[pp.int.general] LQFB: status quo in Germany // was: liquid feedback papers and/or data?

carlo von lynX lynX at pirate.my.buttharp.org
Sun Apr 27 17:25:50 CEST 2014

On Sun, Apr 27, 2014 at 02:53:25PM +0200, F?lix Robles wrote:
> No, I am sorry but I do not agree. I might be a member of a political party
> but that doesn't mean I am assuming a public role. You should ask yourself
> if citizens should make their vote public when they vote in a national
> referendum (because it's basically the same as what I am doing).

Ok, the issue is more complex, I agree.

1. Participating in a political party is NEVER akin to being the
   Sovereign who has the privilege of the last opinion on the matter.
   So the comparison is inappropriate. You can't have the privilege
   of anonymity like the sovereign.

2. Some choices the political party makes will have direct conseguences
   in a parliament. In those cases I would expect my political party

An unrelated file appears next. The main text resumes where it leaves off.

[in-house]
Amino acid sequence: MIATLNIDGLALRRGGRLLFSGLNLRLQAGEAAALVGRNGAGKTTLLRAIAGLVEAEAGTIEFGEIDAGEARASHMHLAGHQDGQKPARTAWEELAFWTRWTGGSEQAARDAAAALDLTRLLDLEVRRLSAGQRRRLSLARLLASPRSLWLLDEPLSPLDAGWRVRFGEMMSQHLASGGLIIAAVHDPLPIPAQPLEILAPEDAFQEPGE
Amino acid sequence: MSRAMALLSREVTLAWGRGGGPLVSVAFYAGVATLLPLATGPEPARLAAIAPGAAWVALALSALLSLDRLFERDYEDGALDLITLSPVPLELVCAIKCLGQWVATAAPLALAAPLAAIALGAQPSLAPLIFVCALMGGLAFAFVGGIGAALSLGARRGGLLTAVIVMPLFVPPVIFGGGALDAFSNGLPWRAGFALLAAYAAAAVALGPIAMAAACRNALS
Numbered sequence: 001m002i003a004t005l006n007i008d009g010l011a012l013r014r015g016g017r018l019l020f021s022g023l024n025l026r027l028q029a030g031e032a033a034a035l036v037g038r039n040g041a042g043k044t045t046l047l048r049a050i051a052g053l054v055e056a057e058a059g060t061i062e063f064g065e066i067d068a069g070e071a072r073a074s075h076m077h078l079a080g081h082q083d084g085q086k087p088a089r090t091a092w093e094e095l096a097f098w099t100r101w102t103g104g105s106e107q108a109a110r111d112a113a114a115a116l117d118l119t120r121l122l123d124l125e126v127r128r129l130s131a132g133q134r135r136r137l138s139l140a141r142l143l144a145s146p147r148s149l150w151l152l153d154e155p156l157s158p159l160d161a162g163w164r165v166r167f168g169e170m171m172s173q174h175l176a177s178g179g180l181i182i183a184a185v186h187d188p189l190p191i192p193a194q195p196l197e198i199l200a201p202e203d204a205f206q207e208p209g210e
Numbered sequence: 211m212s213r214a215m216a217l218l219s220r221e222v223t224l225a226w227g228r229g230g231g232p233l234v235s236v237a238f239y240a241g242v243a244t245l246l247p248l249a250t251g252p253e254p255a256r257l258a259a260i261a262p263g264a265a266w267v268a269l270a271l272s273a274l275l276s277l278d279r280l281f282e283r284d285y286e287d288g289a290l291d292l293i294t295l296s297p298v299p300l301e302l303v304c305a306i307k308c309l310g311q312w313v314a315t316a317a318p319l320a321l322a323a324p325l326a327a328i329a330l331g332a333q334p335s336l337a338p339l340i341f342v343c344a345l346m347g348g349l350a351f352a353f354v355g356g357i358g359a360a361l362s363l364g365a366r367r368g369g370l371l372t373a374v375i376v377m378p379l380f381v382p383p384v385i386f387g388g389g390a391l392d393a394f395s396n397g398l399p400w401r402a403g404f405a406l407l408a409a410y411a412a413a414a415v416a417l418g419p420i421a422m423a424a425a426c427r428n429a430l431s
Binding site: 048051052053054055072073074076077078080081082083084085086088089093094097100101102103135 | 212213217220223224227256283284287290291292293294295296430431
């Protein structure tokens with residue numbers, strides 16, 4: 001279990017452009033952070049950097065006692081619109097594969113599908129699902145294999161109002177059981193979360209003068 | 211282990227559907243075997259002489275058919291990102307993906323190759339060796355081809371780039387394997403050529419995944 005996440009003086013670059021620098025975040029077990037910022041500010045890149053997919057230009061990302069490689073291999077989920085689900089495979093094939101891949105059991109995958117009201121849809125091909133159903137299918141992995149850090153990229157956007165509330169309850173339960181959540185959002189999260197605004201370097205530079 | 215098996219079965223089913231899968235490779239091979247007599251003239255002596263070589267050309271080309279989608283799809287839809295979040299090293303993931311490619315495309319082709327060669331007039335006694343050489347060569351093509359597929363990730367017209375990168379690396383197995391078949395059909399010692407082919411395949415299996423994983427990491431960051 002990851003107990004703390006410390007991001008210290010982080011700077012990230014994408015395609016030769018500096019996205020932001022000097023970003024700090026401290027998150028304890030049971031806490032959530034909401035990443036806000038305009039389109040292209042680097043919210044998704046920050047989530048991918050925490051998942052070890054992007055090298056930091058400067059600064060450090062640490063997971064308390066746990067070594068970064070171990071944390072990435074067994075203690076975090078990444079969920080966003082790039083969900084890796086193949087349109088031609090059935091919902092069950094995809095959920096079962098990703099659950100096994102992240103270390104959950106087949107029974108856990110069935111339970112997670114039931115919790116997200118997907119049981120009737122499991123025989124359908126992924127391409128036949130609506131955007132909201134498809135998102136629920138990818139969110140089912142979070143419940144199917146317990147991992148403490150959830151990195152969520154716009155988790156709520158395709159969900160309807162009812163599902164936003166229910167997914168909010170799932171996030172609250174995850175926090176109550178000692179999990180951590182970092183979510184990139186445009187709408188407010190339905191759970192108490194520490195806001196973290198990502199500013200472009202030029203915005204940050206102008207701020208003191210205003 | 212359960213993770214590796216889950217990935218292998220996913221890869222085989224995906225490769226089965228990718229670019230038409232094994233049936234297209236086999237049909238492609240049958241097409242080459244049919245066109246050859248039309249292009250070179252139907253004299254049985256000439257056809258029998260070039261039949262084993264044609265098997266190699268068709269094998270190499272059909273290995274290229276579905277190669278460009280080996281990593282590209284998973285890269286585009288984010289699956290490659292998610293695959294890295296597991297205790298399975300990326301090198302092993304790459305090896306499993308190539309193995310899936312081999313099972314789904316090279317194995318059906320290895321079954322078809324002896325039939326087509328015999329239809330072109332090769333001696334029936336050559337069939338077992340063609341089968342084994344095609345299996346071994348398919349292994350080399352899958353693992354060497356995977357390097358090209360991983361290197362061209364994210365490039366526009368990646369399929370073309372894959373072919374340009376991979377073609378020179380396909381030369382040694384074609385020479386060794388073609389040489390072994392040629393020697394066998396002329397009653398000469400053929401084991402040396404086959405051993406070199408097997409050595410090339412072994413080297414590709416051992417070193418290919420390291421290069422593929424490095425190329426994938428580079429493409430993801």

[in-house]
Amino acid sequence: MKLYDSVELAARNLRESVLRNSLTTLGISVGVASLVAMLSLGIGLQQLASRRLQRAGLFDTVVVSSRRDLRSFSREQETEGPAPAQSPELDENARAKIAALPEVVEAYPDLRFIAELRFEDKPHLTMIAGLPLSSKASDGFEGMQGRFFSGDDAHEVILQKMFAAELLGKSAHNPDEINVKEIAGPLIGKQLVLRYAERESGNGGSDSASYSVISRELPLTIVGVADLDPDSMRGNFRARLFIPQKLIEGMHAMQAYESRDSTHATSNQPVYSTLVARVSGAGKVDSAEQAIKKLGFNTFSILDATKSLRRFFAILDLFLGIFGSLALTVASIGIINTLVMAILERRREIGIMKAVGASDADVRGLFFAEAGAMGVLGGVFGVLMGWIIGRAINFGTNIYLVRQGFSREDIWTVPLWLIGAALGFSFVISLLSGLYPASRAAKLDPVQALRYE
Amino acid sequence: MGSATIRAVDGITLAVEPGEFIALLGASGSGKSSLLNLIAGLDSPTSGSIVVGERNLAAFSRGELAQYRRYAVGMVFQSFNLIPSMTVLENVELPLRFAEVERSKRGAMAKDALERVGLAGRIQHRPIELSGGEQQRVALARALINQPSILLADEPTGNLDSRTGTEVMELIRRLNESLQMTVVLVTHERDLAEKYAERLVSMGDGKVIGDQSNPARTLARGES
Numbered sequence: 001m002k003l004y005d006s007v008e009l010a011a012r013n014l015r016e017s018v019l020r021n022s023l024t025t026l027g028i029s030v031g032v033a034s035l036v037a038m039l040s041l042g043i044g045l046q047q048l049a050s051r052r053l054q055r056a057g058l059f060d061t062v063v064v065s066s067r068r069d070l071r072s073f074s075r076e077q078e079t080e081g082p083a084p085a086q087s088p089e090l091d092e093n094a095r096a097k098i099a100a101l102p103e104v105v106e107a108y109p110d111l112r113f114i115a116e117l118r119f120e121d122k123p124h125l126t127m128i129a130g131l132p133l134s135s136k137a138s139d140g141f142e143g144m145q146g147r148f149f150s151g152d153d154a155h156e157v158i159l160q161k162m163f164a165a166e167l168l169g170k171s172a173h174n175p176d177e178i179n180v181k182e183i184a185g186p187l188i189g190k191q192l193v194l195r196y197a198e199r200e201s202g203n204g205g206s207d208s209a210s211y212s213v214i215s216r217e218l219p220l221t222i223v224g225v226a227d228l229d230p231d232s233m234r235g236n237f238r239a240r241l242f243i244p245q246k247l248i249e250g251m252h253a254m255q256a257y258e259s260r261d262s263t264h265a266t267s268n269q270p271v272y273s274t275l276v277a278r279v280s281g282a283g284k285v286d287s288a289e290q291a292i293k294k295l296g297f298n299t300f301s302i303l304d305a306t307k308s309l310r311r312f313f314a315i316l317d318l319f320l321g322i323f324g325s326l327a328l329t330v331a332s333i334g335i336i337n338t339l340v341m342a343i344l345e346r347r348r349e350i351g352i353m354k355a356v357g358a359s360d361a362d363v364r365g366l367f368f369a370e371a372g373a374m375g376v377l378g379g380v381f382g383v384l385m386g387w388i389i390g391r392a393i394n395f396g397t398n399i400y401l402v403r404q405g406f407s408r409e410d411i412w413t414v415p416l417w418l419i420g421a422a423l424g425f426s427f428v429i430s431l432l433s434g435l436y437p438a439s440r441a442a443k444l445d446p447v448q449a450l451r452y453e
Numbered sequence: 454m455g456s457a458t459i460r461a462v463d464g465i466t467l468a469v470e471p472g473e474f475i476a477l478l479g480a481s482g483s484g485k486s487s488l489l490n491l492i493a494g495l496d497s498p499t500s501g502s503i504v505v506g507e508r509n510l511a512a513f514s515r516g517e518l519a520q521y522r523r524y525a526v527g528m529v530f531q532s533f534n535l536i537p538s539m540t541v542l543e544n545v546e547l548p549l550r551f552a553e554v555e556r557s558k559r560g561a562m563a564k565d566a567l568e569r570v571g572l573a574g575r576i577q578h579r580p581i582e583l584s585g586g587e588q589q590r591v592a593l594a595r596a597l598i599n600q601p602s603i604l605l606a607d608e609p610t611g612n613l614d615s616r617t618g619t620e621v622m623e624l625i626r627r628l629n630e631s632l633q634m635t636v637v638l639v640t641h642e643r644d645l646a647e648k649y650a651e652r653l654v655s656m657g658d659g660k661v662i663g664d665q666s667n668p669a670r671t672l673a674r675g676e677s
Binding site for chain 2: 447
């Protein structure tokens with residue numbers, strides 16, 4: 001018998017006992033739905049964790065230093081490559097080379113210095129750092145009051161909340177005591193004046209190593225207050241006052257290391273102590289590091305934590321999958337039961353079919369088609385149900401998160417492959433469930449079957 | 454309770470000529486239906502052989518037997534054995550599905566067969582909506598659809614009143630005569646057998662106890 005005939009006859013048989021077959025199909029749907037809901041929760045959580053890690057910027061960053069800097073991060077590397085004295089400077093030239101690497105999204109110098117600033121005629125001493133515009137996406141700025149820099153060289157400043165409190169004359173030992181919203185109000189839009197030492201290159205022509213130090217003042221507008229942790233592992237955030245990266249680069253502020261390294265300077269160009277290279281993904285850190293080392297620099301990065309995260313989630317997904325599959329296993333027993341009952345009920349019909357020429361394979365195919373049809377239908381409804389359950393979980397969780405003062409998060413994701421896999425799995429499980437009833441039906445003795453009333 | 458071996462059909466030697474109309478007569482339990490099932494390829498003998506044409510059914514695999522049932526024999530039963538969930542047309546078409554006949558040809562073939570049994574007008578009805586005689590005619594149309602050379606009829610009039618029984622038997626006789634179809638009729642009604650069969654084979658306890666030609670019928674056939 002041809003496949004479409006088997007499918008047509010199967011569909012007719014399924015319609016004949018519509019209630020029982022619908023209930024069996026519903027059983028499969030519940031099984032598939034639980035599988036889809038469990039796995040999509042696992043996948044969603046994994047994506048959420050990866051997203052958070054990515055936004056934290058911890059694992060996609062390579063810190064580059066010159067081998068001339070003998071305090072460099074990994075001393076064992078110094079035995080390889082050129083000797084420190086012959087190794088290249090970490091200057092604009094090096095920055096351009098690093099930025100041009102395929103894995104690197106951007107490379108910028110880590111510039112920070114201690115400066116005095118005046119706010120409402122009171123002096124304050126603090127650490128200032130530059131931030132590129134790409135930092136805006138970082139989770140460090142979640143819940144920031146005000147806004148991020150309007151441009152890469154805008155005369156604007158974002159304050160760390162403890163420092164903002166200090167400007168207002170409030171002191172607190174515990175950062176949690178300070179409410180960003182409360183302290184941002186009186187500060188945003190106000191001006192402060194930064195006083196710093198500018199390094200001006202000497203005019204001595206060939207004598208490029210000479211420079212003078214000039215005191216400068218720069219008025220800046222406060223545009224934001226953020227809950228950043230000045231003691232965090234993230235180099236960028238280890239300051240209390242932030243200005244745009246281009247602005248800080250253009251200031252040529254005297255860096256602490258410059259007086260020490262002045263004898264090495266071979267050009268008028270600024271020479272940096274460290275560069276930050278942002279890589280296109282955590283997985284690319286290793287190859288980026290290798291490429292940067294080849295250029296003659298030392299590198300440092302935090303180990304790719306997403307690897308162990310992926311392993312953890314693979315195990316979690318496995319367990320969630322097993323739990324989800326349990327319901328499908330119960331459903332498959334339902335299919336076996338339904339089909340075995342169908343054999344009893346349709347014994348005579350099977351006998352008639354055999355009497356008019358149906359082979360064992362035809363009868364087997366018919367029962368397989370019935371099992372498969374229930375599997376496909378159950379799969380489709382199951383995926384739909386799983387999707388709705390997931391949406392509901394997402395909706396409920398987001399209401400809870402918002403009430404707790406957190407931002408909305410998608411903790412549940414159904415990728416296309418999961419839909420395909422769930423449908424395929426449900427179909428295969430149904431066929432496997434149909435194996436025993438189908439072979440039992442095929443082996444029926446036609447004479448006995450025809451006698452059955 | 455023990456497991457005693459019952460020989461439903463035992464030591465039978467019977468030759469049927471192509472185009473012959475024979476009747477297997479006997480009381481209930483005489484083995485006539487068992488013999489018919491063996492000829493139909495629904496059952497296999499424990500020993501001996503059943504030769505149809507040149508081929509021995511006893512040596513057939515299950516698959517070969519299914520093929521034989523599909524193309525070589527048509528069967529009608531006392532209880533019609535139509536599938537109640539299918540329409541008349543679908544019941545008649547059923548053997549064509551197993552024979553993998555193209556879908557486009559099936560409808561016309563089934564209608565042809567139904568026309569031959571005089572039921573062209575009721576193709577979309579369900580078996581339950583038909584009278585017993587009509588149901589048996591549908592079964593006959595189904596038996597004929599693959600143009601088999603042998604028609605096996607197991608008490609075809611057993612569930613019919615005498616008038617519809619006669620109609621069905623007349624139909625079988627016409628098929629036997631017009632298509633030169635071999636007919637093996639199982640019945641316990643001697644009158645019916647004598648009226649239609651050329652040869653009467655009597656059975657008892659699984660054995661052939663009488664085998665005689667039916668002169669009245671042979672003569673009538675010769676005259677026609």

to be transparent.

3. In other cases the party participation merely forms the basis of
   the party programme. In that case it is okay if transparency is
   not fully provided since the Sovereign will have the last word
   by not voting on the party's programme. Certainly it can bring
   the party on a false route if there is distortion in the procedures
   that produced the party programme, so transparency doesn't harm
   here either.

We can discuss how much transparency is necessary to fulfill our
requirements. The Italian PP allows for certain people to hide
their identity. It works if the number of people requesting anonymity
privilege stays under a certain percentage of the general membership.
Anonymous votes can tip the balance, but they can't be a majority by

German LQFB votings AFAICT fulfil this kind of trade-off as well,
so it is mostly anti-liquid paranoia to say LQFB is intransparent
in that case, too.

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